Wednesday, March 30, 2016

Hanna bio by Eveline

Hanna Bertha Prusse Hasler 1908-1969
bio by her Sister Eveline Karla Prusse Merkley


Please first see some pictures of Hanna and Eveline through out their lives to give some context to the biography that follows. (by Hanna's son and Eveline's nephew, Fritz)

Hanna, Eveline, Hannover, 1911.

Hanna and Eveline Prusse , two little German girls, inseparable as children and lifelong best friends

This the only other picture we have of Hanna from her birthplace in Hanover Germany with her sister Eveline not quite 16 months younger when the two of them were about 4 and 3 respectively.

Hanna, Eveline, SS Cassel, April 1913

Two little blond girls beginning the grand adventure.  On the ship SS Cassel coming to America
(with other children)

Hanna and Eveline, Salt Lake City, 1914

Hanna 6 and Eveline 5  the two eldest of now six children: The new Americans in first grade and kindergarten learning English

Hanna and Eveline, Provo, 1928

Hanna 20 and Eveline 19, the eldest of 13 children.

Eveline (top right) bridesmaid at Hanna's wedding, Provo, 1932

Prusse Marrieds, Provo, 1937

Hanna and Art Hasler (right) Eveline and Harold Merkley the first of the 12 Prusse children are now married.

Prusse girls, Provo, 1954

Hanna with red corsage and Eveline Center

Prusse Women, Granny's Funeral, Provo, 1962

Hanna and Eveline on left. This may be the last time they were together. Hanna would be dead of cancer in 1969. Eveline lived almost another 30 years, she died in 1998

Read about Hanna and Eveline's childhood below. As adults they thought nothing of driving the 2200 miles from Yorktown Virginia to Provo Utah .in the days before freeways, to be together

bio by

I remember knowing that I had a sister Hanna at about the age of  5. At that time we were living at 642 Hollywood Avenue., Salt Lake City, Utah, the year being 1915 and Hannna was 61/2  years old, Hanna went to the Hawthorne School to Kindergarten at the age of 5 years, four months after arriving in the Uni.ted States from Germany.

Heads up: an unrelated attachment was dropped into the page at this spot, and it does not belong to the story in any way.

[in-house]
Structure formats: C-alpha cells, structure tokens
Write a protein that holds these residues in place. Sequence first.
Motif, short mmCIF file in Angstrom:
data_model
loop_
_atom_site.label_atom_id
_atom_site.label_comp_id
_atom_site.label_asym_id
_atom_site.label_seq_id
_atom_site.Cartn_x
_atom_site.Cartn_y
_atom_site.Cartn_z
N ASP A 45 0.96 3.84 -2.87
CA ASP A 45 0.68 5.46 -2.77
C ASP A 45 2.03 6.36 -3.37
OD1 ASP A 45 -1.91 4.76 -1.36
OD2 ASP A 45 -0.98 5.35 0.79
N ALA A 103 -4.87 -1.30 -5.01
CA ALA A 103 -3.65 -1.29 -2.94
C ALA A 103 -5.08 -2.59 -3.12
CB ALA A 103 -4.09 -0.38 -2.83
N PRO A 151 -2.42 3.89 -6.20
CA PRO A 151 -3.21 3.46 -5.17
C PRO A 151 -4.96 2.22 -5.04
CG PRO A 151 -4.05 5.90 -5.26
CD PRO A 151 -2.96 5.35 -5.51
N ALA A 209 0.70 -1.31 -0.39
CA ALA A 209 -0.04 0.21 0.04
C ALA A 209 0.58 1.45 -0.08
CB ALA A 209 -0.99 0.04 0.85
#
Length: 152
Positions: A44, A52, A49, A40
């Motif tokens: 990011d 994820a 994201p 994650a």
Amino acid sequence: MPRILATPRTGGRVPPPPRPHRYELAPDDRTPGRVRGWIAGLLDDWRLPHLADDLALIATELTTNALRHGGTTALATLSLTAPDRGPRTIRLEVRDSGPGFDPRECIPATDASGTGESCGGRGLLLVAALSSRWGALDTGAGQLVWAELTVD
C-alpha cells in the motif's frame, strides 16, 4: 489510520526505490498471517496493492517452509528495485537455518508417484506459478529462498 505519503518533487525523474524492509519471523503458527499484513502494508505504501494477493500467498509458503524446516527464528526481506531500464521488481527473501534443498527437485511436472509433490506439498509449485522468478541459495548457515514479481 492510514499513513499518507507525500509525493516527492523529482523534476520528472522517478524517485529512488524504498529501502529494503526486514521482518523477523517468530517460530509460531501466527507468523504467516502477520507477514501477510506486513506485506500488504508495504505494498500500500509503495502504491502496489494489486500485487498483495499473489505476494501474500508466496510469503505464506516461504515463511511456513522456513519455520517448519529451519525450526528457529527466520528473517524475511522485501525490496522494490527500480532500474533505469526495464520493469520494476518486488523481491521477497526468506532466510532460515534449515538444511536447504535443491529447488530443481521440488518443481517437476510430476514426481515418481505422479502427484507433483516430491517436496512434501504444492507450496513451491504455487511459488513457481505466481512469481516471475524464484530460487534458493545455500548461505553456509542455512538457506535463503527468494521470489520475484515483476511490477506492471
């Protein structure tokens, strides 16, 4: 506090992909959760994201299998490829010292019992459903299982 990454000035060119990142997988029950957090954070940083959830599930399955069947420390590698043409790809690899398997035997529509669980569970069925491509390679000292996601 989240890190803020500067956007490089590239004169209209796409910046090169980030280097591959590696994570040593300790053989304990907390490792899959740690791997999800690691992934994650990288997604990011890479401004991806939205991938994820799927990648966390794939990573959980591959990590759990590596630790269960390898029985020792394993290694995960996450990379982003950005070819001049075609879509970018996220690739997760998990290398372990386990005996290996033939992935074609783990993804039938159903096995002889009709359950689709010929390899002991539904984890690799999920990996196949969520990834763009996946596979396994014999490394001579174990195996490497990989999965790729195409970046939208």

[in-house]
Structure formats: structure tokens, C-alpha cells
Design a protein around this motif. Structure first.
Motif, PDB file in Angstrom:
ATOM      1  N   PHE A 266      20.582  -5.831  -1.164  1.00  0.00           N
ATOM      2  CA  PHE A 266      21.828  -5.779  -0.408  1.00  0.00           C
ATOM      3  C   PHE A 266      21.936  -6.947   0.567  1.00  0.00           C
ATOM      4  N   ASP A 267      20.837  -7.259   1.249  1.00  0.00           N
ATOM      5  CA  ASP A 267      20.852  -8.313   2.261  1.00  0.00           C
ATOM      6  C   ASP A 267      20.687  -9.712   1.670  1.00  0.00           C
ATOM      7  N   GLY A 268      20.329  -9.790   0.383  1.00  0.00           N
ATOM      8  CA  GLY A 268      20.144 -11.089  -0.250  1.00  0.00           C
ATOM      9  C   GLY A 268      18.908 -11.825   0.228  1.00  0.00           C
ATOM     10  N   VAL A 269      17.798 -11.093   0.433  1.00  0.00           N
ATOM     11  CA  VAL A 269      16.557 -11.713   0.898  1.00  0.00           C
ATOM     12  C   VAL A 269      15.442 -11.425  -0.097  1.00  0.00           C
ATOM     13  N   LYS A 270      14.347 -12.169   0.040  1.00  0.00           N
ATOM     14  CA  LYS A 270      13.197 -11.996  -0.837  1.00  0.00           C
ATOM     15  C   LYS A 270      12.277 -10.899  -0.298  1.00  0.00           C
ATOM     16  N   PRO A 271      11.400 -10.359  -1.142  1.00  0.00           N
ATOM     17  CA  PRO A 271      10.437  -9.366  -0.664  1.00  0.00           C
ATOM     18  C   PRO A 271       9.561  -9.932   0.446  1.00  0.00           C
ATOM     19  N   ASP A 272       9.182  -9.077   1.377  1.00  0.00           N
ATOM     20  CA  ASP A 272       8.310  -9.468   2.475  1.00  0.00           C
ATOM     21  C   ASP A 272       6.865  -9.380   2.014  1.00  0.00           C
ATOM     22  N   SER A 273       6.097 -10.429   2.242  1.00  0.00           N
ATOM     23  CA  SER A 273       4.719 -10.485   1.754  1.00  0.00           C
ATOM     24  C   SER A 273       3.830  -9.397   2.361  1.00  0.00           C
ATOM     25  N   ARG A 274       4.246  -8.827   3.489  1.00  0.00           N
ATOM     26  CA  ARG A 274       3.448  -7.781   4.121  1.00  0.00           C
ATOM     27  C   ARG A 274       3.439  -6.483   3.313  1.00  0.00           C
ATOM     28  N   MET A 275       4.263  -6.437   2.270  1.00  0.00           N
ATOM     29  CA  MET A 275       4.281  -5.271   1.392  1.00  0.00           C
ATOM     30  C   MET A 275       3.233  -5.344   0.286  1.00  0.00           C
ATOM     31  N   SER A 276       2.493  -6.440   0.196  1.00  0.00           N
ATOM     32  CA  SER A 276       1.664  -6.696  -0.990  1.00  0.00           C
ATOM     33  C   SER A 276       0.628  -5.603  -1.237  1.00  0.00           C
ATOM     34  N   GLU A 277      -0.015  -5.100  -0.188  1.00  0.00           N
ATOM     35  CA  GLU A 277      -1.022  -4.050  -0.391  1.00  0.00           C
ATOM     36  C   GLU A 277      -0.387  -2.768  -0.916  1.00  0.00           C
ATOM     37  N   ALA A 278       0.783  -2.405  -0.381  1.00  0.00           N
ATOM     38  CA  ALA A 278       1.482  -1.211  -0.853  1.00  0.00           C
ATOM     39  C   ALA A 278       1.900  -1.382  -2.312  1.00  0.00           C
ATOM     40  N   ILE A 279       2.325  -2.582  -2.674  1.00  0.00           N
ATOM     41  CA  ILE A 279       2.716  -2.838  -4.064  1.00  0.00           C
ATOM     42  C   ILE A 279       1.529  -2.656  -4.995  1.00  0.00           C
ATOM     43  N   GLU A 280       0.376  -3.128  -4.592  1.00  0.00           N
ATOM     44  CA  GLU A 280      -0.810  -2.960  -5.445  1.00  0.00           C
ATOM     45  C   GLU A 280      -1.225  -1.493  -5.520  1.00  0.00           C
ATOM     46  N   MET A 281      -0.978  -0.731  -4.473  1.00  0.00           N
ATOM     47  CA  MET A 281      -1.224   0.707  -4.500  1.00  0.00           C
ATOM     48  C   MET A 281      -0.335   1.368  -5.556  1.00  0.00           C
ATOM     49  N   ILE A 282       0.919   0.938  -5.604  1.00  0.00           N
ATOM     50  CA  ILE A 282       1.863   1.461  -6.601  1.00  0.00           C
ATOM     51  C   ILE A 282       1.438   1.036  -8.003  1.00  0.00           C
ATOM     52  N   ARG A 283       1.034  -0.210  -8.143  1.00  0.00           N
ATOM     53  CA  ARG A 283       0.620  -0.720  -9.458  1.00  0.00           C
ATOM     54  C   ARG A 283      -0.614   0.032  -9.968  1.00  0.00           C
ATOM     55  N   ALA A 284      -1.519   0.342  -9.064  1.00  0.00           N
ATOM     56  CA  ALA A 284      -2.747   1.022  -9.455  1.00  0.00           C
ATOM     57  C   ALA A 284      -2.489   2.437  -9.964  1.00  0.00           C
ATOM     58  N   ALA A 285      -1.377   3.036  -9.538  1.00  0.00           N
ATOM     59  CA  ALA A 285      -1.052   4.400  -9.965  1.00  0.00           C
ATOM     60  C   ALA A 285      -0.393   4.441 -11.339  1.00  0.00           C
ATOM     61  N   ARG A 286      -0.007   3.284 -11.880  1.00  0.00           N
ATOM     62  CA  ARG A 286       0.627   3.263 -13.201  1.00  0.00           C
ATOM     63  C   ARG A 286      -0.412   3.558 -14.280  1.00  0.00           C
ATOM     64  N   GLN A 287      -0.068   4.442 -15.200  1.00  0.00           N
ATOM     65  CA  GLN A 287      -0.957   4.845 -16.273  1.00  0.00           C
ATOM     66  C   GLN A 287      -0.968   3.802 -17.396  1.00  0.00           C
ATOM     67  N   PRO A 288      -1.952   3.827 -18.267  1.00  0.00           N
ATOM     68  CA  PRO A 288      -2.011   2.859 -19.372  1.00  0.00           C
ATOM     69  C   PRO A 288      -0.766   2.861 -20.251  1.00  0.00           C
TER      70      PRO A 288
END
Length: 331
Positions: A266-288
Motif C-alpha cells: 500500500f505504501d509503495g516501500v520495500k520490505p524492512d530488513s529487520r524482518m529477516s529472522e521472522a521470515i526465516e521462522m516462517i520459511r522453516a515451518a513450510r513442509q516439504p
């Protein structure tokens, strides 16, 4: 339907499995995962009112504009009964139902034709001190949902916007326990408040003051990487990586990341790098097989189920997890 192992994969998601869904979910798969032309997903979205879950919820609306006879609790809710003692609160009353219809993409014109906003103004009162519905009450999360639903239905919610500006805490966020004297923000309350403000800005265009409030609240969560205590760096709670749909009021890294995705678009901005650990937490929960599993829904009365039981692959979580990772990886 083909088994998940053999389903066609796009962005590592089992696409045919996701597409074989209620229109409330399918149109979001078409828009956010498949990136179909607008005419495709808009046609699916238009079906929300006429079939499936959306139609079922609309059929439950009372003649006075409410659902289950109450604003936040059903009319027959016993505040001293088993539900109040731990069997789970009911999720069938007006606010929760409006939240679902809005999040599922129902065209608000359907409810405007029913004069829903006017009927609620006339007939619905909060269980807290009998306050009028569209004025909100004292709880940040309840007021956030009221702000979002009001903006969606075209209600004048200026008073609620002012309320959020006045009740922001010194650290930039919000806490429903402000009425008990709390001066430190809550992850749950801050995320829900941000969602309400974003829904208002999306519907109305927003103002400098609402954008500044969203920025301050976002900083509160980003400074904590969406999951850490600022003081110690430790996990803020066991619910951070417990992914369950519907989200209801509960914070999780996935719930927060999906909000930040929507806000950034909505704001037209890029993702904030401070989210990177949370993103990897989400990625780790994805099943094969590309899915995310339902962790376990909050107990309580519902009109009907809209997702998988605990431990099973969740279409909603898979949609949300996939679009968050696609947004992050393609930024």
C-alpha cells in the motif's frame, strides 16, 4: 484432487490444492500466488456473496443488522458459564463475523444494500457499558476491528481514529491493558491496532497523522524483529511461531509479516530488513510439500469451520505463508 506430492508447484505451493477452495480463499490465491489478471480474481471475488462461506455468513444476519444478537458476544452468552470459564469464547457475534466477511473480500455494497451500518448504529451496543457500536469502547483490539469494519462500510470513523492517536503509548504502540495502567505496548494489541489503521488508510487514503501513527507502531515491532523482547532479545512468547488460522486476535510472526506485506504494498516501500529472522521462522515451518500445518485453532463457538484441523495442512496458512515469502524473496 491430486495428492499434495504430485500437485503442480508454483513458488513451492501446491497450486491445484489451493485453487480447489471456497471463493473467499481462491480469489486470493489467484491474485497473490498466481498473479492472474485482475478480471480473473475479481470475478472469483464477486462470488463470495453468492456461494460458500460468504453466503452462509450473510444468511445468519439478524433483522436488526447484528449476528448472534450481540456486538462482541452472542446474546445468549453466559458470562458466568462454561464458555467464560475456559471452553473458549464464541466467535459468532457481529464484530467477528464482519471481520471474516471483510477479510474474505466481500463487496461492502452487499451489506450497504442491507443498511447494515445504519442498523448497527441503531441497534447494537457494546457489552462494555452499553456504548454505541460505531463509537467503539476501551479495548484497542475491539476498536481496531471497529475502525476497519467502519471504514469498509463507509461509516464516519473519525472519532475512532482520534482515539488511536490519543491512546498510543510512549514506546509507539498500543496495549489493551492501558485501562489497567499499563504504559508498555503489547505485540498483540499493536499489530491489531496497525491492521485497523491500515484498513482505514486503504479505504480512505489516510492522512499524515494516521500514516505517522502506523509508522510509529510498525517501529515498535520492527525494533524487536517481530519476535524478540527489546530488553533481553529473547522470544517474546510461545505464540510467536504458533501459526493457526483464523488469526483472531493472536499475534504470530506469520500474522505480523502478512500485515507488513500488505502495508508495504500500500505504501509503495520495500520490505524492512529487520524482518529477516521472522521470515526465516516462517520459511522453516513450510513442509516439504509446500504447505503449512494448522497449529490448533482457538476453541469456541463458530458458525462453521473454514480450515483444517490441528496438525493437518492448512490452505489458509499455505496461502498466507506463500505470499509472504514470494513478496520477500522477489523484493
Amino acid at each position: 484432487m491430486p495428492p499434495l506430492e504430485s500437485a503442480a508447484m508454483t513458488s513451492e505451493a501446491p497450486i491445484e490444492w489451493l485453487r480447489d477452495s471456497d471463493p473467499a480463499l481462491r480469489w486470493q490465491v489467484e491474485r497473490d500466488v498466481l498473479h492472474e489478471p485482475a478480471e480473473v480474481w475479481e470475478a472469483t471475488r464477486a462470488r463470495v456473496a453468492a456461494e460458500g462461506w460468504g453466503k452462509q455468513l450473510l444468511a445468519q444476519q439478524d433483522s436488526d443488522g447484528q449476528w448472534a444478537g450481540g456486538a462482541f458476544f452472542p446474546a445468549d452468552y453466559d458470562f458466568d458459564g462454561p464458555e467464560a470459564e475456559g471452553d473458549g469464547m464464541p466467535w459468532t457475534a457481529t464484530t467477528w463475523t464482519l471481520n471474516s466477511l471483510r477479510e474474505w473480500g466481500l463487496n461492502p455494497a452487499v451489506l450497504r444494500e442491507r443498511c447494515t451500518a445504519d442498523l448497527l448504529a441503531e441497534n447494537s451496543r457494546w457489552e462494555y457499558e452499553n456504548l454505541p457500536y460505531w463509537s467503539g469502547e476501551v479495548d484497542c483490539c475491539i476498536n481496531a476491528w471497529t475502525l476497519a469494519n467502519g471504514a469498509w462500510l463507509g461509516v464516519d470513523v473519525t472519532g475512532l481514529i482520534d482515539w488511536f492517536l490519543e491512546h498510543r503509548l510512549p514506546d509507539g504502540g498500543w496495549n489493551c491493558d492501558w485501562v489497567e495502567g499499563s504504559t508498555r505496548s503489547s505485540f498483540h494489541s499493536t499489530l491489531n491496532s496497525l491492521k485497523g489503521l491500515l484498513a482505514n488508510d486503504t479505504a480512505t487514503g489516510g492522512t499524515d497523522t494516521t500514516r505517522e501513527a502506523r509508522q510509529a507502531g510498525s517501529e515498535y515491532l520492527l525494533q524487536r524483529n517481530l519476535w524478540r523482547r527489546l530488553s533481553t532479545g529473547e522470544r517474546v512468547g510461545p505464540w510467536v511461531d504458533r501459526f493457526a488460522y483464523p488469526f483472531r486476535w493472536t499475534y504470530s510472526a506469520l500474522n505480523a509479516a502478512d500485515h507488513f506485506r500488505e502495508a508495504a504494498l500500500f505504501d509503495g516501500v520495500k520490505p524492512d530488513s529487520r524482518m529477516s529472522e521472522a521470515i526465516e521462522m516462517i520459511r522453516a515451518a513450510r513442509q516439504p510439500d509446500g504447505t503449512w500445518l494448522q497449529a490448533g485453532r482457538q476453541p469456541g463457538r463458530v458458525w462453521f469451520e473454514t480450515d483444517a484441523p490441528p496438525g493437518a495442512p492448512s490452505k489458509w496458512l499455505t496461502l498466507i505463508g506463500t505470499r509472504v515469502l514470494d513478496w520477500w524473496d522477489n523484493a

Hannah Bertha Pruesse was born on May 22, 1808 at Hannover, Germany, the first child and daughter of Wilhelm Henry Prusse and Johanna Caroline Conradi Prusse, Hanna had several ways of spelling her name.  First it was the original Hanna Bertha Prusse, then the last name went to Pruesse and the "h" was dropped from   Hannah, After that she never  used the "H" again  and the last name went back to the original Prusse, which was Dad's way of spelling it.

Hanna lived in Germany until April 1913 at which time the family immigrated to the Uni.ted States. Passage to America was on the ship S.S. Bremen and   it left from Bremen Haven, Germany. The voyage was of six weeks' duration, landing in Galveston, Texas on Hanna's 5th birthday May 22, 1913. The journey was completed by train to Salt Lake City, Utah. I asked my Father why he did this and his reply was that he felt with five children and the baby being seven weeks old it was best to take the long ship ride. The ship was in port in Baltimore for several days and Dad took a trip into the City of Baltimore at that time. The ship then sailed to the final landing in Galveston, Texas,

Some of the things I remember Hanna and I doing together as little girls were our play dinners together, making doll clothes by the hours and we would fill the big tin bath tub in the mornings on warm summer days so we could take a shower bath as we called it, and slide down into the tub, We had large empty fields from our house to Sixth East and there we had Bessie the cow, Nellie the horse and  Sukie the calf staked out.  We picked dandelions and made chains out of the stems and also braided them into crowns.  After a rainstorm, Hanna and I looked for mushrooms for our  Mamma and then we would help to lay them out so they would dry and then they were stored in a nice clean small cake flour sack to be ready for Mamma to use for gravy and meat seasoning,

Hanna and I always slept together.  We walked to school together and we played together and worked together. I    do not   remember that we ever had a quarrel. I remember well walking together to Sunday School at the Waterloo Ward. We also went   to Religion Class and to Primary. It was quite a walk there and   in the winter there were huge drifts of snow. Snow boots or galoshes had not been invented at this time and we wore high-top shoes which came about 2 to 3 inches above our ankles, These were either laced or had buttons on the sides of the shoes. As we walked along in the snow, a buildup on our heels of ice and snow accumulated and it was such fun to have "high heels" on as we called it.

Since we had cows on the place, there also happened to he extra milk and our Mamma had a customer and we were the delivery girls. It was an old woman and her daughter who lived across the street and about three houses up from us on Hollywood Avenue. We always delivered the milk at night and we just loved to stay and hear them talk. We had been warned not to stay late, hut as I recall one night it could have been around 9:30 when we came home and all the lights were out and the door was locked. Scared we were, but Hanna came to the rescue and her idea was to lift the screen out of the kitchen window and climb in. Well, this we did and there stood our Mamma. Hanna had the money for the month's milk and she handed that in first but our Mamma was mad, We had stayed way too late on that trip. Another time, this being Halloween, we went to de­ liver the milk and when we got back Dad had hidden a lighted jack-o-lantern in the bushes and we were scared, but also delighted with the surprise. Our Dad was the one who cut out the pumpkin face for us.